The Faculty of Laws states it position concerning Maltese The University of Malta has always been the cradle of the Maltese language. Suffice to say that the Ghaqda tal-Malti (Università) was founded there in 1931 as was the Chair of Maltese. The University has absolutely no desire to diminish the importance of Maltese, the language which defines our national identity. It should be noted that Maltese is an obligatory subject for all Maltese students who wish to enter University. This requirement will not be changed. Maltese A-level was not a special course requirement for the B.A. in Legal and Humanistic Studies. Those who, at the end of the this course, obtain the required grade, are allowed to continue their studies in the three year, LL.D. course. Maltese A-Level at grade C was a special course requirement for the LL.D. course and this is what has been changed by the University. Students may, of course, continue to offer Maltese at A-level if they so wish.
The Faculty of Laws took a close look at the needs of the students and at developments in the profession here in Malta and also abroad and came to the conclusion that its students, tied as they are to two specific A-levels, were not developing a broad-based academic background in keeping with todayís needs. If there were a wider choice of subjects at Advanced level, students would be able to access credits not only in legal studies but also those offered by other faculties. Law and economics; law and informatics, law and financial services are some examples of such study areas. It would only be possible to do this if the students had A-levels in subjects such as economics, informatics and accountancy etc. Clearly, to do this students must be given the opportunity to choose from a wider selection of A-level subjects.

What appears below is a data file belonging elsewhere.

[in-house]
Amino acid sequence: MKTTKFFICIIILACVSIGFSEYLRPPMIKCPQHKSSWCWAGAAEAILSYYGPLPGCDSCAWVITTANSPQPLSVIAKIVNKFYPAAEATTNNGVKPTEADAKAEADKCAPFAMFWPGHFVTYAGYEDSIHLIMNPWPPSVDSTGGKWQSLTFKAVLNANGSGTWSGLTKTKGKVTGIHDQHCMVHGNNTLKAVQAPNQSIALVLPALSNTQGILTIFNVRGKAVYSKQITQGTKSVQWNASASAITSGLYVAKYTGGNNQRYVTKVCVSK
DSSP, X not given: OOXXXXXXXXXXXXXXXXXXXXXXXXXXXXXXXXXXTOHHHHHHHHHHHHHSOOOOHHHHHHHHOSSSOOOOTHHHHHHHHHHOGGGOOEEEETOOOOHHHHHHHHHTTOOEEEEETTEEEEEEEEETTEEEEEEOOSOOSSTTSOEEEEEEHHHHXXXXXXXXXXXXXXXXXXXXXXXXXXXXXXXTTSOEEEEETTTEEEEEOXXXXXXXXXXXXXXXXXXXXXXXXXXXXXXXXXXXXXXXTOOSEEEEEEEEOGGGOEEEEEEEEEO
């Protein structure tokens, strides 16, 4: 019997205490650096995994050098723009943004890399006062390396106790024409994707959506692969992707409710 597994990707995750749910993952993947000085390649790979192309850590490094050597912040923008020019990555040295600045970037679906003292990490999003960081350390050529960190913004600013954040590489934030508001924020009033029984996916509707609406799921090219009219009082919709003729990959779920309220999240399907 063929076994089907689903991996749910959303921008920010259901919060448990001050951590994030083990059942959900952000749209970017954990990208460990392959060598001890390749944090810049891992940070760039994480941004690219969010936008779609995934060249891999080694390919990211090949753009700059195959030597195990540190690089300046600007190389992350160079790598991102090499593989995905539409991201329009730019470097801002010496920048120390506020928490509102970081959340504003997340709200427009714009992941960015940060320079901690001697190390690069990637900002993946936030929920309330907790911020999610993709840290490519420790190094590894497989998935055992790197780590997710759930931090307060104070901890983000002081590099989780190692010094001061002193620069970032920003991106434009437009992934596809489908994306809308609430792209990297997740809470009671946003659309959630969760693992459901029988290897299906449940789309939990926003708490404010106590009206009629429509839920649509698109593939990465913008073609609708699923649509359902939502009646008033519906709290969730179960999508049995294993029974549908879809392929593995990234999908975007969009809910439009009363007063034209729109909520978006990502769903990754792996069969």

One must also bear in mind that an ever-increasing number of students, more than 100, now joins the Faculty of Laws every year. Not all these graduates find work at the Law Courts. Those who do not find work or who do not wish to practise as a Court lawyer, should be provided with a modern legal education allowing them to work in other areas. The Faculty on the other hand understands that Maltese is very necessary for those working at the Courts and is certainly not going to suggest otherwise. However, the Faculty also realises that the kind of language training needed is not necessarily that which is provided by the Maltese A-level syllabus that is mainly based on Maltese literature. For this reason, the Faculty has decided to organise obligatory, specialist courses in Maltese for its students. This does not weaken the position of Maltese. On the contrary, it strengthens it. The Faculty has already asked the Department of Maltese to create such courses with this aim in mind. This solution should go a long way towards improving standards which will be beneficial to the Maltese language as well as to the Courts. At the same time, the Faculty will have accomplished its aim of modernising its studentsí legal education thus creating lawyers who are equipped to work within the contemporary legal scene. In the same way, the Department of Pharmacy has introduced compulsory courses in 'Maltese for Pharmacists' conducted by the Institute of Linguistics.
The Faculty believes that in this way it will better serve the needs of its students who must be competitive in a complex and varied work environment while their level of spoken and written Maltese will also improve. This does not mean that the Faculty is unwilling to consider arguments and sentiments which have been expressed during the public debate on this issue.
21 July, 2001